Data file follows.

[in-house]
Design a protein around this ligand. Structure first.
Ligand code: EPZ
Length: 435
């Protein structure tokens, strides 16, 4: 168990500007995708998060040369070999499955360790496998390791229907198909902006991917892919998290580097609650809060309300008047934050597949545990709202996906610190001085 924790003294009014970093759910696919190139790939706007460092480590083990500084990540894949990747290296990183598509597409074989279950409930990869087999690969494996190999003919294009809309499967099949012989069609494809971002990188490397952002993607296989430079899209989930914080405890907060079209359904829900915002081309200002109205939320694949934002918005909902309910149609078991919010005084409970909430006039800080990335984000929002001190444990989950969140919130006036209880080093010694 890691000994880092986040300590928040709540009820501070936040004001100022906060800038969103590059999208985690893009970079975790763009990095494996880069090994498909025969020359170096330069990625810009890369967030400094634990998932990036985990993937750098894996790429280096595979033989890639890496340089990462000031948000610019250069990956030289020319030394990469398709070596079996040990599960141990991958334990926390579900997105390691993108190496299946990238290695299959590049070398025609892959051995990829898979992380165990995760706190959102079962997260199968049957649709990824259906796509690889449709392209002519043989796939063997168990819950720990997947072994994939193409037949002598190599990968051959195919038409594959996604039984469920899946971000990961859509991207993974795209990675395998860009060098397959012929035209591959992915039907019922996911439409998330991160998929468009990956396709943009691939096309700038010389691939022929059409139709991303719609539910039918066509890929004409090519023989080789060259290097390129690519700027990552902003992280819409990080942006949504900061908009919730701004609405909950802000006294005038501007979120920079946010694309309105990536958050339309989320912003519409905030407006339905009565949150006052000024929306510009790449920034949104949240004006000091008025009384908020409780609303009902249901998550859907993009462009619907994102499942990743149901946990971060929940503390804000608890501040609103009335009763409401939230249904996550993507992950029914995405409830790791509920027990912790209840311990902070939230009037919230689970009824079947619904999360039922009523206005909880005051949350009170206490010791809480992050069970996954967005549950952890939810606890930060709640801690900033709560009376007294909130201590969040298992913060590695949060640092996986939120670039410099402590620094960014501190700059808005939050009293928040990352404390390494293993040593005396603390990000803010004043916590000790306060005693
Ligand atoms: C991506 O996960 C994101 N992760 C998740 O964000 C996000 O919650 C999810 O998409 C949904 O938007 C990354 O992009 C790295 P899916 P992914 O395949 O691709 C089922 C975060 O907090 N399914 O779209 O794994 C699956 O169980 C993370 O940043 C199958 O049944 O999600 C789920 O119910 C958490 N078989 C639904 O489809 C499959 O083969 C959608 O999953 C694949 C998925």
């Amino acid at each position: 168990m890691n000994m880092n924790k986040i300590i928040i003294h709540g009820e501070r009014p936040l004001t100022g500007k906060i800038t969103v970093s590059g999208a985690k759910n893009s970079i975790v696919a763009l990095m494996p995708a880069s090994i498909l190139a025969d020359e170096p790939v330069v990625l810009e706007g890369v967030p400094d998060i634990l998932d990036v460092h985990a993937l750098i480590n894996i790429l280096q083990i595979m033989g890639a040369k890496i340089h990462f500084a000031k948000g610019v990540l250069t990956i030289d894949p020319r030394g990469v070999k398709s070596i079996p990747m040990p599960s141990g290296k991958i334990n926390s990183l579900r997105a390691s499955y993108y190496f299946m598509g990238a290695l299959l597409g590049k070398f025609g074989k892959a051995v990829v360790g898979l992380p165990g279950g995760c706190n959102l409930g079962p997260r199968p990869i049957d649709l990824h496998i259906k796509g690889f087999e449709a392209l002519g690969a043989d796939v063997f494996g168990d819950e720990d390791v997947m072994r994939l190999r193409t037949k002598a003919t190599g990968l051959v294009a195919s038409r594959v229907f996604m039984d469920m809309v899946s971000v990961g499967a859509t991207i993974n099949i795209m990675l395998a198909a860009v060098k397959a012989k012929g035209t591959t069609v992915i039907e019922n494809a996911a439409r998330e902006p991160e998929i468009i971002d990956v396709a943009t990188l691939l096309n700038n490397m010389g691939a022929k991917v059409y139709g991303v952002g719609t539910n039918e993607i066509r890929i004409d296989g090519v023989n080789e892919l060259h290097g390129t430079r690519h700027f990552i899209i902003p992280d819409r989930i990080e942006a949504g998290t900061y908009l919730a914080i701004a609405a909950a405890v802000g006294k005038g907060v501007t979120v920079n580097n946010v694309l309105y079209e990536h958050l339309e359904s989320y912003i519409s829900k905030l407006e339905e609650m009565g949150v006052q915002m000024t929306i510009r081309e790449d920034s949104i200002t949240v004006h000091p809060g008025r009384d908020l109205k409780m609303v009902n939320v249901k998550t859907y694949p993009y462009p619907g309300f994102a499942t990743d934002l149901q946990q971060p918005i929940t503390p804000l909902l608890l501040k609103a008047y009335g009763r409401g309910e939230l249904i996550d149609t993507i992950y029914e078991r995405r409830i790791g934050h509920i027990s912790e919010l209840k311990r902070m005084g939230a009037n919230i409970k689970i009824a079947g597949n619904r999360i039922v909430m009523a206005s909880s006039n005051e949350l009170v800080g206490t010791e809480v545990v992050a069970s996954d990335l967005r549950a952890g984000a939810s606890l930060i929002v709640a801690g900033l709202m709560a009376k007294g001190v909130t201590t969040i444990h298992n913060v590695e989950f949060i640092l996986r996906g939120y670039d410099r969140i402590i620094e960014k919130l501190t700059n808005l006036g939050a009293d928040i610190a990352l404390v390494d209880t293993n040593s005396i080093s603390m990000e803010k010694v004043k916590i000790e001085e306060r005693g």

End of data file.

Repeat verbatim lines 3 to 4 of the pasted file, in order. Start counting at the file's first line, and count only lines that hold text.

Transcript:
Ligand code: EPZ
Length: 435